Twitter pro accounts coming by year's end

Will Twitter actually make money? Yes, it appears, if businesses are willing to pay up for pro accounts with souped-up data.

Well, it looks like Twitter will actually do it.

In an interview with VentureBeat on Thursday, Twitter co-founder Biz Stone elaborated on the company's goal to put out a revenue model before the end of the year. He said that yes, it will involve offering paid accounts to businesses that use the microblogging platform for marketing, customer relations, publicity, and what-have-you. That's something Twitter has been hinting at for about a year now.

There's not a whole lot of detail available. But paid accounts will definitely involve statistics and analytics that aren't available through Twitter's existing application program interface (API), and possibly a whole separate "commercial API" for business-related applications. This adds to a move earlier this year in which Twitter started rolling out an account verification process for prominent users.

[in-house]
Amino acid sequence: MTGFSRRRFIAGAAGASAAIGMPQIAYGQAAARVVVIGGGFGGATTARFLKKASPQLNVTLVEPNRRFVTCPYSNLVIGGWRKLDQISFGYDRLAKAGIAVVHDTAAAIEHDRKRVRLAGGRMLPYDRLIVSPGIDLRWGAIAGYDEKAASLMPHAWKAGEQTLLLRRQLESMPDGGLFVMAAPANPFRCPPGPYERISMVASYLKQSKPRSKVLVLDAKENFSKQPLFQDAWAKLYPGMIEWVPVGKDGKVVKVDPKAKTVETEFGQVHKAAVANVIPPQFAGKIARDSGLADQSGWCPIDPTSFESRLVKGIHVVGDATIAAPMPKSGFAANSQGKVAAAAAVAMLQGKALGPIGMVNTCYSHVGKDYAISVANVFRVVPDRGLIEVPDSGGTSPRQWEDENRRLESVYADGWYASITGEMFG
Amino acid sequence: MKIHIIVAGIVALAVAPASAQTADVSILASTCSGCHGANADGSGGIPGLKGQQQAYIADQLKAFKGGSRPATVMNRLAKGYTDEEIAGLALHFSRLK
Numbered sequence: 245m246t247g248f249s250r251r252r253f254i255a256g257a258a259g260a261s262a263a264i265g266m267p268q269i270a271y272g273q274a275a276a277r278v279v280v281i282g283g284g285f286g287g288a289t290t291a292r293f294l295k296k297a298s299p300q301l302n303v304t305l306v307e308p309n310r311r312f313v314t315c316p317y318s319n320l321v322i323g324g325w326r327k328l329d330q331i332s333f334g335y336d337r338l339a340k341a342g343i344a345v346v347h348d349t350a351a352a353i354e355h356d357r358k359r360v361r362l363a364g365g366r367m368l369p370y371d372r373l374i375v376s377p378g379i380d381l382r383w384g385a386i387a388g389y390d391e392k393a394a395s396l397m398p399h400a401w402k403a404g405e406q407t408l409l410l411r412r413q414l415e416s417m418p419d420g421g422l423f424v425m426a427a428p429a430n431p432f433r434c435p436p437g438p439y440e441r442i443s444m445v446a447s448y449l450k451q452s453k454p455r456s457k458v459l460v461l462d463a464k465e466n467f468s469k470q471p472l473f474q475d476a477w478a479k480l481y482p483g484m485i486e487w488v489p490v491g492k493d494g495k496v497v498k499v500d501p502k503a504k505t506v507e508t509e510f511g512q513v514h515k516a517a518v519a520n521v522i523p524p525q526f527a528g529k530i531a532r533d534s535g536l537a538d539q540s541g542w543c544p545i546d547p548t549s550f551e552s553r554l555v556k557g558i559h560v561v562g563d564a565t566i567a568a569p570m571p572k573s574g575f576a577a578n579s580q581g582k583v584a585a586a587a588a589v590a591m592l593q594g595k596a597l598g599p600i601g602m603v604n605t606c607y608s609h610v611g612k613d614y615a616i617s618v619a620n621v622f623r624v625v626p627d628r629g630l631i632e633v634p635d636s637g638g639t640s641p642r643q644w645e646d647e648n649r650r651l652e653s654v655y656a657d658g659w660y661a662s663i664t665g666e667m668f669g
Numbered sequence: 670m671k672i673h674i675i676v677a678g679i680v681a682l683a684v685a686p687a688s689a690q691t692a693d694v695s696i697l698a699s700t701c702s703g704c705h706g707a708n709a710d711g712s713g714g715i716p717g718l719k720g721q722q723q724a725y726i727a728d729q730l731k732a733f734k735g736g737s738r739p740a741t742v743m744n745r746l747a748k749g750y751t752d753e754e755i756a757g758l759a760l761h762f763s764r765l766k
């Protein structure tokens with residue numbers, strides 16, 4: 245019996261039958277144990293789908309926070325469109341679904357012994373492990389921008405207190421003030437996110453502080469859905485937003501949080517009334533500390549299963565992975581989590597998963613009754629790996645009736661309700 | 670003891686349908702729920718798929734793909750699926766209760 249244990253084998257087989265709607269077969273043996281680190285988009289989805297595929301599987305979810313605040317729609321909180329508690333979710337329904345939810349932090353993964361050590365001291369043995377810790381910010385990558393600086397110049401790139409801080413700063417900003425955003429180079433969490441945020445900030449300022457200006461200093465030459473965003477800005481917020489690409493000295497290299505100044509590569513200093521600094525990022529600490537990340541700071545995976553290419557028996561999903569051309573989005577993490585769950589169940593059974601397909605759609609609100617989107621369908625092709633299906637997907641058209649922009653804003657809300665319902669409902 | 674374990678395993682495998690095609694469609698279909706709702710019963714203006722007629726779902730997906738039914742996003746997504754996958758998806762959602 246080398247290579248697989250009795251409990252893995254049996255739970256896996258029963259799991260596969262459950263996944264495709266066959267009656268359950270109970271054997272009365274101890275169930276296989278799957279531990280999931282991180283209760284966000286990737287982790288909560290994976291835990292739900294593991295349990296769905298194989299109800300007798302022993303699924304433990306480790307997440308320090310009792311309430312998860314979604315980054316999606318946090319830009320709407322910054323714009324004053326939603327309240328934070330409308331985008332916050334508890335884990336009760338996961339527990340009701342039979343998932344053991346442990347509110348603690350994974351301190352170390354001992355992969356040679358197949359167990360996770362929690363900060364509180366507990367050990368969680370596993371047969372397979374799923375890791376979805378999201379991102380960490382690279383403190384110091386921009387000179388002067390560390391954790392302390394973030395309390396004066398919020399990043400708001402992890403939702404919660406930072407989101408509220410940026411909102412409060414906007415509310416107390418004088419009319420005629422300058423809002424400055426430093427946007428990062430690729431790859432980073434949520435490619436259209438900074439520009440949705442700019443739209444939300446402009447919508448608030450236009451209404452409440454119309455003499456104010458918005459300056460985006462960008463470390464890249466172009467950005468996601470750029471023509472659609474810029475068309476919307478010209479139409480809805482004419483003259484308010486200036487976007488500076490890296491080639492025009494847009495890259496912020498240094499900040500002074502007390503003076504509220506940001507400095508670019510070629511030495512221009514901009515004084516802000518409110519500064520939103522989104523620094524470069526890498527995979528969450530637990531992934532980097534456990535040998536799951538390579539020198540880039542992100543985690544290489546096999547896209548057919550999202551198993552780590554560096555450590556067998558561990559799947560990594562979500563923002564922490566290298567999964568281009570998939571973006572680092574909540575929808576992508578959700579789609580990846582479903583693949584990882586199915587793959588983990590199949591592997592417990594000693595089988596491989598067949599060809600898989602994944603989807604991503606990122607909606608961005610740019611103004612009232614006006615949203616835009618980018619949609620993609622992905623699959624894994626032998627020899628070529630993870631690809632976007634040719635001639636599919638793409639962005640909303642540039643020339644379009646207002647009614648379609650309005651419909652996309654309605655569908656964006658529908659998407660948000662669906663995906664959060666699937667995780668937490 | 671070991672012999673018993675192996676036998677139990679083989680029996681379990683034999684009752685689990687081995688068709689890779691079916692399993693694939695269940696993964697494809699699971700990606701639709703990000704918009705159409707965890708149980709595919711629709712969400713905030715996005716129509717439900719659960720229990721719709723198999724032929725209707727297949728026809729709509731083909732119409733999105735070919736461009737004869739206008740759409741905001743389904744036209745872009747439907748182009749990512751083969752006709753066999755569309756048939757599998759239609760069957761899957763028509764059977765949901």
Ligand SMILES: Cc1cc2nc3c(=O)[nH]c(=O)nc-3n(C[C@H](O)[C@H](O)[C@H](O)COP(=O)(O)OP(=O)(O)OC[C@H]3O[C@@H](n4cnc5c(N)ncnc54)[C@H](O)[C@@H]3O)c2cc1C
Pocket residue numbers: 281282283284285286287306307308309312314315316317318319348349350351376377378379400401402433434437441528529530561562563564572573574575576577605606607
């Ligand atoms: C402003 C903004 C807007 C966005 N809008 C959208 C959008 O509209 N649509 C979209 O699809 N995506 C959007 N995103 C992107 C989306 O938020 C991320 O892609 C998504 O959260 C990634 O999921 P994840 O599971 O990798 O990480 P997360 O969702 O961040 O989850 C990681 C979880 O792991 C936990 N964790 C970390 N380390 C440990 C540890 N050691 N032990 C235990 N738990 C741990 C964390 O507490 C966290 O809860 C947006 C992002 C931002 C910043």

In fact, Stone told Marshall, the first test phase of these accounts is already under way with a few companies. Considering Twitter's status as marketing heaven, this is probably a product that will sell quite well. And since Twitter, which has raised $55 million in venture funding, has yet to turn a profit, that's good news.

Marshall points out something important: "It might be hard to tease out who is using the service professionally and who is using it for personal reasons, and then charge them for it. So the idea is to build a set of features that people are willing to pay for." Stone made it pretty clear in the interview that ordinary Twitter users won't be forced to pay up.

Another interesting tidbit: Stone said that Twitter had been looking to acquire social-network aggregator FriendFeed, which was picked up by Facebook earlier this month.

About the author

Caroline McCarthy, a CNET News staff writer, is a downtown Manhattanite happily addicted to social-media tools and restaurant blogs. Her pre-CNET resume includes interning at an IT security firm and brewing cappuccinos.

 

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